Some of the changes are very obvious. The three spirit stills where replaced by three shiny, exact copies. About half of the washbacks were replaced too, while the other half will be replaced in the nearby future. The most important change however: Clynelish is now completely run by computers. “We enter paramaters in the computer, and it basically does the work for us”, said James Casey, site operations manager of Clynelish. “We’re still toying with the right input, but eventually we’ll settle on a uniform approach.”
In the past distillery employees would tap pipes to see if they were empty or not, and feel by hand whether or not a pot still was heated properly, the computer now does all that. Casey: “Because you work with people, each and every one of them has a slightly different way of doing things. One of them might have a slightly longer middle cut. Now that doesn’t happen anymore. We are able to work more consistently.”
While consistency is a dirty word for some of us single malt nerds, it is extremely important for a distillery which sees 95 percent of its production end up in blends like Johnnie Walker Gold. Master blenders carefully crafting a whisky, don’t need the added difficulty of Clynelish distillery producing a widely inconsistent product.
Therefore, keeping Clynelish waxy wasn’t just an important matter for fans, it was also a concern for Casey and his colleagues. And rightfully so. Immediately after the re-opening, the waxy character had completely disappeared. It took about five to six months before the waxiness started to reappear in the new make spirit. At the time of my visit in November, Casey was still working on achieving a higher degree of waxiness.
“We don’t clean everything spotless after every fermentation”, Casey explained. “For example, we clean our washbacks every three weeks with steam for 5 to 8 minutes. At other distilleries they might do it every week, and they might steam for a longer time as well. We also use just warm water to clean our pipes. We’re always looking for a middle-ground. It is important that our wash doesn’t catch an infection, but we do need some desired bacteria to get our desirable flavour profile.”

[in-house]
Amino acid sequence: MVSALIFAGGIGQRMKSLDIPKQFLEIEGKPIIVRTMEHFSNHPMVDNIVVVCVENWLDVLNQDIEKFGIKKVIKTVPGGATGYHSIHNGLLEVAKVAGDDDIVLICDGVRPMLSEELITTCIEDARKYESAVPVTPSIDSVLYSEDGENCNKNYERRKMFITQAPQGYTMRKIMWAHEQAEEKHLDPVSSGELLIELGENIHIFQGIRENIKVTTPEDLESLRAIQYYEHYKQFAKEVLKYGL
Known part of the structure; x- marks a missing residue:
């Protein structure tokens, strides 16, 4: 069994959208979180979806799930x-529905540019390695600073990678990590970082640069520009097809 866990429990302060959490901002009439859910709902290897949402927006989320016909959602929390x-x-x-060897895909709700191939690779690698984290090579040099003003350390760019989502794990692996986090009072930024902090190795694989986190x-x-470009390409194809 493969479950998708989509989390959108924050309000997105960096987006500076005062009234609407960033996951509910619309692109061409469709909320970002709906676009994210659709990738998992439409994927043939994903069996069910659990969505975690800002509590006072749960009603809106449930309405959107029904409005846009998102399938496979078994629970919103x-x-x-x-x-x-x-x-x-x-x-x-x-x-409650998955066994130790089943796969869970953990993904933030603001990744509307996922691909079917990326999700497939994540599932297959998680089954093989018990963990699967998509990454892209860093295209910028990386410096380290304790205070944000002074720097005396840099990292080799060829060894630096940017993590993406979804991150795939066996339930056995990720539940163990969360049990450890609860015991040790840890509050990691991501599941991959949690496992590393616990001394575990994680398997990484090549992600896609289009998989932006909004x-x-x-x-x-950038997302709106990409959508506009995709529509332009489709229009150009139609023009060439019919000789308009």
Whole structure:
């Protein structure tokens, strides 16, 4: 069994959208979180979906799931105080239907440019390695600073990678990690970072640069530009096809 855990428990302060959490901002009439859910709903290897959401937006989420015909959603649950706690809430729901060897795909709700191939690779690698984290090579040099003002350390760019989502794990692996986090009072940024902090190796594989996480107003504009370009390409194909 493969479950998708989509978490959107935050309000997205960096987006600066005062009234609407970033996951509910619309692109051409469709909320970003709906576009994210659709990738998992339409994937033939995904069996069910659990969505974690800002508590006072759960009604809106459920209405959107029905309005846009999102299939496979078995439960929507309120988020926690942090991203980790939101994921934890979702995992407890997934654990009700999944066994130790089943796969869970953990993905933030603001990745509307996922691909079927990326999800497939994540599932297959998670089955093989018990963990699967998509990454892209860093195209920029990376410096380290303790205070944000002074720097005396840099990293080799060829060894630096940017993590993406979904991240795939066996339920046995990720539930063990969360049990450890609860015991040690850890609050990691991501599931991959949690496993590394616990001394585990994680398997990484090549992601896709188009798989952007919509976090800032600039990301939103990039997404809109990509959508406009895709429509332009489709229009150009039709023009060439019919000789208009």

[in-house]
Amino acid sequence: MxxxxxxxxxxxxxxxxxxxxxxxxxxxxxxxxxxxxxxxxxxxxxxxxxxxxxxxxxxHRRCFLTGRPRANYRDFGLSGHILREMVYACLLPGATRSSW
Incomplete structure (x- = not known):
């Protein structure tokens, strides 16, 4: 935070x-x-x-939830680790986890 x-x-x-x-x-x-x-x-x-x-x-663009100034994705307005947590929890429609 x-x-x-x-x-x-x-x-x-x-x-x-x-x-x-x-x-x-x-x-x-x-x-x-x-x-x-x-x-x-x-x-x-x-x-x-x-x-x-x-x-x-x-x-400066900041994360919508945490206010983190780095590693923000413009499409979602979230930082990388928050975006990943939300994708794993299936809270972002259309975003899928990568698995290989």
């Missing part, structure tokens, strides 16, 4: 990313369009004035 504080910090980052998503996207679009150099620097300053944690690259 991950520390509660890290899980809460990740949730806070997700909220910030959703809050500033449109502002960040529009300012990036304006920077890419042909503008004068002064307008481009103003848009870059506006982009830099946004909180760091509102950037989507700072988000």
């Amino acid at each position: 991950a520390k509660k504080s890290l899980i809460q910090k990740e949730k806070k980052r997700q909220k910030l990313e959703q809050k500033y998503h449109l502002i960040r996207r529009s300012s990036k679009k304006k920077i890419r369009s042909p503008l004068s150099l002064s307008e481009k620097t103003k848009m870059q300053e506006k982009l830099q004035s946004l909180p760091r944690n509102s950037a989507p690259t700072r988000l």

Whether or not they really managed to retain Clynelish’ unique distillery character, remains to be seen. We might not know until 2031, when the first Clynelish 14 Years Old from the modernized distillery hits the market. That’s about the same amount of time we’ll have to wait before we can taste new Brora whisky as well, as Diageo doesn’t plan to release any Brora before it hits 12 years of maturation.
In the year 2017, Brora has a desolate, gloomy feel about it. While I couldn’t reach part of the buildings because of the heavy rain, none of them are up to code anyway. A quick look at the pot stills is always a treat (even though they’re covered in bird poop), especially when you realize what incredible quality whisky was once produced in them. They are still standing tall, even after 35 years of unemployment.
The one thing that’s clear when you visit Brora, is that Diageo has heaps of work to do before it can start producing whisky again. “We’ve had several people from our headquarters here”, said Yvonne, our guide. She’s very much looking forward to welcoming Brora back in the land of the living. “They’re measuring a lot and inspecting stuff, but they don’t tell us anything.”
What we do know at this point, is that Brora will produce roughly 800.000 liter of alcohol per year. The plan is to produce the same medium peated style of whisky again. And that’s about all the information that’s out there. There are rumours of course, about doing their own malting, but that seems highly unlikely to me.
Not only Yvonne and curious fans are kept in the dark, James Casey doesn’t know much himself about the exact plans for Brora. “I’m not involved at all. By the time the distillery re-opens, I’ll be retired. I hope that when I come back, I at the very least don’t have to pay for a tour, haha.”
Thijs is a spirits writer and accredited liquorist from The Netherlands. He runs the blog Words of Whisky and contributes to a number of Dutch and international publications.